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Unformatted text preview: Bayesian Estimation Confidence Intervals: Lecture XXII Charles B. Moss October 21, 2010 I. Bayesian Estimation A. Implicitly in our previous discussions about estimation, we adopted a classical viewpoint. 1. We had some process generating random observations. 2. This random process was a function of fixed, but unknown. 3. We then designed procedures to estimate these unknown pa rameters based on observed data. B. Specifically, if we assumed that a random process such as students admitted to the University of Florida, generated heights. This height process can be characterized by a normal distribution. 1. We can estimate the parameters of this distribution using maximum likelihood. 2. The likelihood of a particular sample can be expressed as L X 1 , X 2 , X n  , 2 = 1 (2 ) n/ 2 n exp " 1 2 2 n X i =1 ( X i ) 2 # (1) 3. Our estimates of and 2 are then based on the value of each parameter that maximizes the likelihood of drawing that sample. 1 AEB 6571 Econometric Methods I Professor Charles B. Moss Lecture XXII Fall 2010 C. Turning this process around slightly, Bayesian analysis assumes that we can make some kind of probability statement about pa rameters before we start. The sample is then used to update our prior distribution. 1. First, assume that our prior beliefs about the distribution function can be expressed as a probability density function ( ) where is the parameter we are interested in estimating....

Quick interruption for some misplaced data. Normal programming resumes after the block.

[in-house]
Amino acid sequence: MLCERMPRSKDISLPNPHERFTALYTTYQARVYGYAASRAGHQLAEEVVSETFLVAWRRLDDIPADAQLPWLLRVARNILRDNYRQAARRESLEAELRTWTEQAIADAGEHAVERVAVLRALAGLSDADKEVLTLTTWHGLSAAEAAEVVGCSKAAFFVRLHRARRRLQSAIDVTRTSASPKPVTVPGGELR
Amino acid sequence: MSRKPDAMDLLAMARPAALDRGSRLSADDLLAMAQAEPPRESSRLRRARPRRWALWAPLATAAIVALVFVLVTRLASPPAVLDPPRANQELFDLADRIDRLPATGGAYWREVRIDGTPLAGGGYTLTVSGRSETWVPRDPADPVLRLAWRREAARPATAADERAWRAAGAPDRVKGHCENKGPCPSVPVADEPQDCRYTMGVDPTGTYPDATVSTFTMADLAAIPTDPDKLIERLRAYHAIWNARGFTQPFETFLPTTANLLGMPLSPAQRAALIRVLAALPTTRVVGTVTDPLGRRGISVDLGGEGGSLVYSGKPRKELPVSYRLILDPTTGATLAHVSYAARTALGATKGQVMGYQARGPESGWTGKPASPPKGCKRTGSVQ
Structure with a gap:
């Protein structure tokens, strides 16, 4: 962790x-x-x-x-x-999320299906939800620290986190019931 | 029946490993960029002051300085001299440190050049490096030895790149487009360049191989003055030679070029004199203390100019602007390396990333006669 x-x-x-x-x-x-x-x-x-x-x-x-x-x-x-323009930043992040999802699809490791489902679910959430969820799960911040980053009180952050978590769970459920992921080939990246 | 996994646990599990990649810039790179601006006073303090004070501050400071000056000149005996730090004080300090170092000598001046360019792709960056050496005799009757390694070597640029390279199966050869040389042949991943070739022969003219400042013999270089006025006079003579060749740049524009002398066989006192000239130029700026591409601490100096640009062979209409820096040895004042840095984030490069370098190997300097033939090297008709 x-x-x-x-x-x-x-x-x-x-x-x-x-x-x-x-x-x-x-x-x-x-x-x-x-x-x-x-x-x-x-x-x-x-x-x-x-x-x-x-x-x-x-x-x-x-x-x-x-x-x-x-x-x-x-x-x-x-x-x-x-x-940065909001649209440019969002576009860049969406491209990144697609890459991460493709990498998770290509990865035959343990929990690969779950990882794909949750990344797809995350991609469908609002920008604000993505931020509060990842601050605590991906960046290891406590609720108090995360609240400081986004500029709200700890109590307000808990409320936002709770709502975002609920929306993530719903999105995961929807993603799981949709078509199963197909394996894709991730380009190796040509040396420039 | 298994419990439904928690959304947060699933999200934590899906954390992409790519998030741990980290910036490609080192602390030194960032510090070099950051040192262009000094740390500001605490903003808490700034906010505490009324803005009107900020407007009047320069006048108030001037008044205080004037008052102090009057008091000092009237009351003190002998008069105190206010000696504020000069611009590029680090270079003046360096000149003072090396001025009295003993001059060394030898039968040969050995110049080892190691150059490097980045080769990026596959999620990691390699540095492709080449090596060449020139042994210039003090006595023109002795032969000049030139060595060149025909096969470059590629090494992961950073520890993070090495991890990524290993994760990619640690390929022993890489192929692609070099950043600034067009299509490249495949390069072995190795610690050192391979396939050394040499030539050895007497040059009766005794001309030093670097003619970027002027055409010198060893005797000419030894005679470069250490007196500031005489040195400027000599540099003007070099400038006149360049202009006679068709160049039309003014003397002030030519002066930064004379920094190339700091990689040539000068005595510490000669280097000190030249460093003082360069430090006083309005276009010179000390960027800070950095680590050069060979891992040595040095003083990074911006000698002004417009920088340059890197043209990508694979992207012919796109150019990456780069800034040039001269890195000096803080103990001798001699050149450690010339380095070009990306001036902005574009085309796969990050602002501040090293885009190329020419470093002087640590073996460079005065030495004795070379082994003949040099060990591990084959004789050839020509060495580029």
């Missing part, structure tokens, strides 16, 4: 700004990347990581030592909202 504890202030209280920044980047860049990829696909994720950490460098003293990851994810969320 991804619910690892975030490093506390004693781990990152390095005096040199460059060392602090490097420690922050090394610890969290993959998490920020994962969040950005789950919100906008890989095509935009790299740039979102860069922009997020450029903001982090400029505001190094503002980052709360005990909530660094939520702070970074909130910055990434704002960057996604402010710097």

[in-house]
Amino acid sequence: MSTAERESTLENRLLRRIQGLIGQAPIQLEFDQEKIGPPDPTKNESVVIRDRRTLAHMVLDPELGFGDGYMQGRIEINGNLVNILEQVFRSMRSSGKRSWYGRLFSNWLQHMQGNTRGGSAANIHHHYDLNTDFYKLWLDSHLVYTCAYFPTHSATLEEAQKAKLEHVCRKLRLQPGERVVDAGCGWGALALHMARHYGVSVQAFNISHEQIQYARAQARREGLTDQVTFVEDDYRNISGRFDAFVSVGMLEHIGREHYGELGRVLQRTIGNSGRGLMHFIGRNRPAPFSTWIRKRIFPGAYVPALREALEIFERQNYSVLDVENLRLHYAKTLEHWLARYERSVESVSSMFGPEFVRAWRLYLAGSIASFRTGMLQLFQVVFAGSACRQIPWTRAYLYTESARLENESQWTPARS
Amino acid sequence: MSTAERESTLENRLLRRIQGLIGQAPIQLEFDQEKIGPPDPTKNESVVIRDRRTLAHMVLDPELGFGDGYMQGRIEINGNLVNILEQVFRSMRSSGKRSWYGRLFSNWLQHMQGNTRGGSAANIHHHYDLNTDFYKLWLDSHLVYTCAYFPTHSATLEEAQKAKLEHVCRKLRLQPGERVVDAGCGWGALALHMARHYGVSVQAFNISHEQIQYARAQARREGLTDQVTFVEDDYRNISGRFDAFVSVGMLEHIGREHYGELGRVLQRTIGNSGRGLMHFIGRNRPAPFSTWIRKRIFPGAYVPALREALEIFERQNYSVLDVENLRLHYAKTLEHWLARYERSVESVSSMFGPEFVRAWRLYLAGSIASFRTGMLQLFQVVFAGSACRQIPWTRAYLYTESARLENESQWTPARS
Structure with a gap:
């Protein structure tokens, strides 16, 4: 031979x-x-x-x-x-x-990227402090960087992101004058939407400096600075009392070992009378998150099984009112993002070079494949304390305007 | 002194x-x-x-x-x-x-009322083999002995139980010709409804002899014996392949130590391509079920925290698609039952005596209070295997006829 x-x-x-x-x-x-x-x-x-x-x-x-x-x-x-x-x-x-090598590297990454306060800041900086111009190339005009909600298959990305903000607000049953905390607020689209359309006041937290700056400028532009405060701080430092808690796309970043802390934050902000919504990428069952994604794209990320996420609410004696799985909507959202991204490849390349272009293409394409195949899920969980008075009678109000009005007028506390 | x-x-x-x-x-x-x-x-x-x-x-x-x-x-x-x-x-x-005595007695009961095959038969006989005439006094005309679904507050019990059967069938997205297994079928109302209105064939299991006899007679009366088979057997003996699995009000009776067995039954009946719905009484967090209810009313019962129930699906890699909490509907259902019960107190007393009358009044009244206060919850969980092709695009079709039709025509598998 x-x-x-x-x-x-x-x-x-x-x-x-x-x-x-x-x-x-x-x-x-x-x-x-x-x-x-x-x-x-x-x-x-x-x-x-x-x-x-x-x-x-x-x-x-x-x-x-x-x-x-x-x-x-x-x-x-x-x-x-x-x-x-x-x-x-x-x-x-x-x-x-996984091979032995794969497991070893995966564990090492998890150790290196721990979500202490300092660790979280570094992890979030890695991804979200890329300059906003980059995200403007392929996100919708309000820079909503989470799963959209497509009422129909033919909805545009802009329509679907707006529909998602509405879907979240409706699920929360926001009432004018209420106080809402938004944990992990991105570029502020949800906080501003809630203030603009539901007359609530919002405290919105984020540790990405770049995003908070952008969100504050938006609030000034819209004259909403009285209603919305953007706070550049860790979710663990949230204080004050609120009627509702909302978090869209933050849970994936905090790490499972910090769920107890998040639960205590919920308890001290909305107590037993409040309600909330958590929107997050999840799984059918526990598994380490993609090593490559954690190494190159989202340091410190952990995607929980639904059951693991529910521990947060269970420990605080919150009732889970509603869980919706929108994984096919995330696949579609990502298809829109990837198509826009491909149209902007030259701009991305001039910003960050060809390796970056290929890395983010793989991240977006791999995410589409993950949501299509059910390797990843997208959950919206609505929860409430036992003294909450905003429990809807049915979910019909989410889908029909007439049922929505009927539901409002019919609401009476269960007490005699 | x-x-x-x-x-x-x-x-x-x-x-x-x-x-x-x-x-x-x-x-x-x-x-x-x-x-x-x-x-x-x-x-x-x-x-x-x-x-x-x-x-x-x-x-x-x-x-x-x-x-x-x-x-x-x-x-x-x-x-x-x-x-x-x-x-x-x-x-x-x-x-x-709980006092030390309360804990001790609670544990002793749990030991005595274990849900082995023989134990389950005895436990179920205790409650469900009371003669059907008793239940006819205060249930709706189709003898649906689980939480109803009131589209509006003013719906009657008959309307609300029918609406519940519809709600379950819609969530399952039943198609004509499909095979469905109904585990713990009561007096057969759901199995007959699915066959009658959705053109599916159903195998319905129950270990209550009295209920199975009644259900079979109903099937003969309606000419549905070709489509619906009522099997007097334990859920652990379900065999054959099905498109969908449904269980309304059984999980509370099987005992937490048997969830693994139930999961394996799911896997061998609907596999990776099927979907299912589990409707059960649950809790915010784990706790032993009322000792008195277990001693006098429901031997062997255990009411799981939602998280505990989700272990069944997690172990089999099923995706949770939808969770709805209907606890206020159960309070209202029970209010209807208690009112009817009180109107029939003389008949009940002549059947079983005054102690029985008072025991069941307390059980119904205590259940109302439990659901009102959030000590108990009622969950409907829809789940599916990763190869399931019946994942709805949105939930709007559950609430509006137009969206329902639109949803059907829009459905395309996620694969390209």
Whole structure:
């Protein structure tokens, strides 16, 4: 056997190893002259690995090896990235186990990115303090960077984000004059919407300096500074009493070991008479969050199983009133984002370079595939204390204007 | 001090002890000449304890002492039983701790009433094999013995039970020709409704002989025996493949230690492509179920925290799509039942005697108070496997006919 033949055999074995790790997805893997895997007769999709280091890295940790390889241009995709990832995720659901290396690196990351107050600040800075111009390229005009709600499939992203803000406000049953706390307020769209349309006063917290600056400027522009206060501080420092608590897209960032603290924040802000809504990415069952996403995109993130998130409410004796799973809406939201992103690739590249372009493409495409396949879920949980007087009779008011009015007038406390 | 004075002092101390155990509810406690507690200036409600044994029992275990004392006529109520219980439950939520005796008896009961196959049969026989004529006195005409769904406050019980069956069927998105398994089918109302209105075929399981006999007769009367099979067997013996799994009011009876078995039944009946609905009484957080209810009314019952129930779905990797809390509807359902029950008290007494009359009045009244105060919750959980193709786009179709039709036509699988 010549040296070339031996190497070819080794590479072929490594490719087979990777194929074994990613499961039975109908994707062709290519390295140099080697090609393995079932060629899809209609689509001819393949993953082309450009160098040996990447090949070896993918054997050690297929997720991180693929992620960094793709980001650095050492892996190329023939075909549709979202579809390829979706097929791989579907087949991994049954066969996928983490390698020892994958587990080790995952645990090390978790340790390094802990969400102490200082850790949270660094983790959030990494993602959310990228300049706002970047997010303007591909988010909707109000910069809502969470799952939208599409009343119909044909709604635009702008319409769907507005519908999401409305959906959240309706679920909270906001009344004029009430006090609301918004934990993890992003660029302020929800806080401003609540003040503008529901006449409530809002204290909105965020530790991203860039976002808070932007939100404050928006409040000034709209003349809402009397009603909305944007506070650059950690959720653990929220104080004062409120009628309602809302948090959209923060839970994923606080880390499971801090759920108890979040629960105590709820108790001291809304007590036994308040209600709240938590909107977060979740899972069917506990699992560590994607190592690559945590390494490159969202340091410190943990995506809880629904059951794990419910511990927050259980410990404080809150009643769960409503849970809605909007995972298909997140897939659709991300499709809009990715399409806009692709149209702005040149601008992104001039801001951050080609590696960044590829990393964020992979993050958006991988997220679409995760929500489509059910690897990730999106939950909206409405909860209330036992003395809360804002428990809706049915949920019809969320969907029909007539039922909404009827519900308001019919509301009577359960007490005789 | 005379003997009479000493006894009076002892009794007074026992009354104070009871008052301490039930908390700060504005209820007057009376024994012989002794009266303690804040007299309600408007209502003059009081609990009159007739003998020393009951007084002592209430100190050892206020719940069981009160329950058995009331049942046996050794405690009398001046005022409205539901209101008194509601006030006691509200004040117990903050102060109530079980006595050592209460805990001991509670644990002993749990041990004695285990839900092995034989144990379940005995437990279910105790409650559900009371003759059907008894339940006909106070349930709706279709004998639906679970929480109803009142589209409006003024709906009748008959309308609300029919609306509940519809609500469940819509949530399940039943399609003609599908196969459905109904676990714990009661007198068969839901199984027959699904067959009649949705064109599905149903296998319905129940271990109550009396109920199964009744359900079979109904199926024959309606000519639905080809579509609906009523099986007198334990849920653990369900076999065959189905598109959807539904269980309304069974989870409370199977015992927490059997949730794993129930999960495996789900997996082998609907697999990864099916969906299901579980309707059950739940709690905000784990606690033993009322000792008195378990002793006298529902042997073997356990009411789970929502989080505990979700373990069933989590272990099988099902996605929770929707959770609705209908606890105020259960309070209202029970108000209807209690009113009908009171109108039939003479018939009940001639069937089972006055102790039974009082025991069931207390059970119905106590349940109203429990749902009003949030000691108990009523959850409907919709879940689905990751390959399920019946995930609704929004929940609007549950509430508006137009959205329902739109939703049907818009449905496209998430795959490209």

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 Spring '10
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